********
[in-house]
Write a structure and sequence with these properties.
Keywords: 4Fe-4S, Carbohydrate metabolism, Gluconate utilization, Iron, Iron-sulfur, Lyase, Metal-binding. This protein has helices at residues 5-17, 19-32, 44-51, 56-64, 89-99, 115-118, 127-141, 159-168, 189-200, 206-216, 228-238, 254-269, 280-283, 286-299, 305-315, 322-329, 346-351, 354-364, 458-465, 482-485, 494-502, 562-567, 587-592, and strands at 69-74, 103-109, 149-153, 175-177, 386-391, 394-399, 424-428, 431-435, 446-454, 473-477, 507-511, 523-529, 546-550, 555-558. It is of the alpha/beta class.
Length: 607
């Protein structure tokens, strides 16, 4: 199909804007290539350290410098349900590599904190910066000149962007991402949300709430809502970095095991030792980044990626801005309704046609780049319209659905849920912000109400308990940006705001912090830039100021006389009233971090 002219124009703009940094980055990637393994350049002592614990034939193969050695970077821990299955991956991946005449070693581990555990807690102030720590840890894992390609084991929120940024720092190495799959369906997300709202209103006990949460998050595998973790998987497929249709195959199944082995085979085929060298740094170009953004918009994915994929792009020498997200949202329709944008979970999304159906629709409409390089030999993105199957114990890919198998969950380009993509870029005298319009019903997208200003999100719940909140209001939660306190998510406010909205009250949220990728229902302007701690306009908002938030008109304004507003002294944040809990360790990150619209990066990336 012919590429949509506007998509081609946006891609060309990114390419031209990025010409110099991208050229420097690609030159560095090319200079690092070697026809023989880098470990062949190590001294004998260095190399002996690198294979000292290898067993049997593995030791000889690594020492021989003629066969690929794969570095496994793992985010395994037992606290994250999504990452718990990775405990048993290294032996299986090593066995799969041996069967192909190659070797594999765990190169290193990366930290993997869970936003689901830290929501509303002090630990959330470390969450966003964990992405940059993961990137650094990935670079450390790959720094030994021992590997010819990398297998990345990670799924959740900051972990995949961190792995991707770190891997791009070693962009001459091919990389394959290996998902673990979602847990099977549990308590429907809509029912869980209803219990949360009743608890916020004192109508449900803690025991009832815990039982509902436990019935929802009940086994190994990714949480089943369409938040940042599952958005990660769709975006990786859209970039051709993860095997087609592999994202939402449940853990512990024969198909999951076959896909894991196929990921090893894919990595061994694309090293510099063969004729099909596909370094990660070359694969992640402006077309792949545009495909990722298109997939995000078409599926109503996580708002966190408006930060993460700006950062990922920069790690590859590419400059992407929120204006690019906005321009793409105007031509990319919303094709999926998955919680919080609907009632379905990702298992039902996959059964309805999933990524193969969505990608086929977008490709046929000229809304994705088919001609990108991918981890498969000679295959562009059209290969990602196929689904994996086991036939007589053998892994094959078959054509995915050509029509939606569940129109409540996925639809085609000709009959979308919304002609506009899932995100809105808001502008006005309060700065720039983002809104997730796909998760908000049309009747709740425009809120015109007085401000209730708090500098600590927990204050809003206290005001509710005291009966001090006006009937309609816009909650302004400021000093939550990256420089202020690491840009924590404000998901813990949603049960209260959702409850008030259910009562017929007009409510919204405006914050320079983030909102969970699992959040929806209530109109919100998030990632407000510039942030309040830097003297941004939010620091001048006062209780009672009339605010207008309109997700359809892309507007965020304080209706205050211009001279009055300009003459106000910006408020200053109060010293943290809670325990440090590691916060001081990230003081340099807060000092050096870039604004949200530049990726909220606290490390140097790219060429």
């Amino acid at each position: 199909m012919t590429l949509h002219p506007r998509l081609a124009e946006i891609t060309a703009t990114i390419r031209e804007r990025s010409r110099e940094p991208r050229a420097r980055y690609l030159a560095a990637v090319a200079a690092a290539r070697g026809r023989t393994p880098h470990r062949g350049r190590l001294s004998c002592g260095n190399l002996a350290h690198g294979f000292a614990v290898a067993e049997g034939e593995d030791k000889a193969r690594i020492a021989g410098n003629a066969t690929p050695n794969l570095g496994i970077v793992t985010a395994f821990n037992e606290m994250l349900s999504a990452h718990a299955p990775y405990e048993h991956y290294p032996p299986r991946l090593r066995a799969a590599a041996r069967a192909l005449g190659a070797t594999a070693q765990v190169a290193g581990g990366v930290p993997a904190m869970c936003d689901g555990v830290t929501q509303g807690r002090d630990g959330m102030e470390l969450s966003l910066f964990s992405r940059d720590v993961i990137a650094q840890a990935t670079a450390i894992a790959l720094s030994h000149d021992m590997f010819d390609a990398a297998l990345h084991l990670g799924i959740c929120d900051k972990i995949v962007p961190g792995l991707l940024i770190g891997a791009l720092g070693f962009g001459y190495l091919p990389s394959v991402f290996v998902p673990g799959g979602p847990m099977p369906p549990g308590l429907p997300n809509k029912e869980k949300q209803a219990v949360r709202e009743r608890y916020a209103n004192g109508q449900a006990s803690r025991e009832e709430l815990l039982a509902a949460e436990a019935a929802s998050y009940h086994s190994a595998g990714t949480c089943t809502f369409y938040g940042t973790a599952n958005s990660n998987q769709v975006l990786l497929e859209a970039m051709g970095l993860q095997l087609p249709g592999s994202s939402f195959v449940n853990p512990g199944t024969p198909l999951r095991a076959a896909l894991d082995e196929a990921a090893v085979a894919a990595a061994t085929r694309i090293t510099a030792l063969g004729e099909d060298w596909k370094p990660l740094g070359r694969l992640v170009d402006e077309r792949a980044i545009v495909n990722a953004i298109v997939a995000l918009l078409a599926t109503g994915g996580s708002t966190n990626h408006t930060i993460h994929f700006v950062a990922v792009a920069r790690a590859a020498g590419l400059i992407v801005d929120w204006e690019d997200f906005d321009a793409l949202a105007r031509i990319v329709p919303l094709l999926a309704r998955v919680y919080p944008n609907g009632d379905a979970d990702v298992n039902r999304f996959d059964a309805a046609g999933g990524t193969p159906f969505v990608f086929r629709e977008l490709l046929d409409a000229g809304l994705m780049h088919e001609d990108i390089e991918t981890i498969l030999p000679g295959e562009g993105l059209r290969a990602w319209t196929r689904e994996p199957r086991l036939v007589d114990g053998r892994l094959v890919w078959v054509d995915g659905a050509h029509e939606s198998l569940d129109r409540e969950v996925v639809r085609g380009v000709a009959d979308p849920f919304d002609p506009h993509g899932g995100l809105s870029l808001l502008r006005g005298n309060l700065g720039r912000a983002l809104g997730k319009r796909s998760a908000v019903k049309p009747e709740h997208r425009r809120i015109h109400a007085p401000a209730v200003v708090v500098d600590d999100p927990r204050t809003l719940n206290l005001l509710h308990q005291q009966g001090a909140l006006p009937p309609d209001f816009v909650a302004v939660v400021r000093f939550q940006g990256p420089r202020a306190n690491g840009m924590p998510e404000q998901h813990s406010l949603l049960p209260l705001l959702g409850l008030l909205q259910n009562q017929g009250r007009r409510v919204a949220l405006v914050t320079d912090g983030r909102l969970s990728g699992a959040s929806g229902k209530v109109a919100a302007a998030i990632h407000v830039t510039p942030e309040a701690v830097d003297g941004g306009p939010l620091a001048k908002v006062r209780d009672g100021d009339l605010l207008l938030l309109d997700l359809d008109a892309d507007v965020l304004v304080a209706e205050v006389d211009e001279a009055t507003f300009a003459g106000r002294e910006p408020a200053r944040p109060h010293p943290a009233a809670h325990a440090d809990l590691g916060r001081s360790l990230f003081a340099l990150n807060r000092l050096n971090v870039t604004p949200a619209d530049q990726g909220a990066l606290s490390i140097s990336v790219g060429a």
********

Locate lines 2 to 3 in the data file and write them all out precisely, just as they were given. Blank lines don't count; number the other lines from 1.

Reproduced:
Write a structure and sequence with these properties.
Keywords: 4Fe-4S, Carbohydrate metabolism, Gluconate utilization, Iron, Iron-sulfur, Lyase, Metal-binding. This protein has helices at residues 5-17, 19-32, 44-51, 56-64, 89-99, 115-118, 127-141, 159-168, 189-200, 206-216, 228-238, 254-269, 280-283, 286-299, 305-315, 322-329, 346-351, 354-364, 458-465, 482-485, 494-502, 562-567, 587-592, and strands at 69-74, 103-109, 149-153, 175-177, 386-391, 394-399, 424-428, 431-435, 446-454, 473-477, 507-511, 523-529, 546-550, 555-558. It is of the alpha/beta class.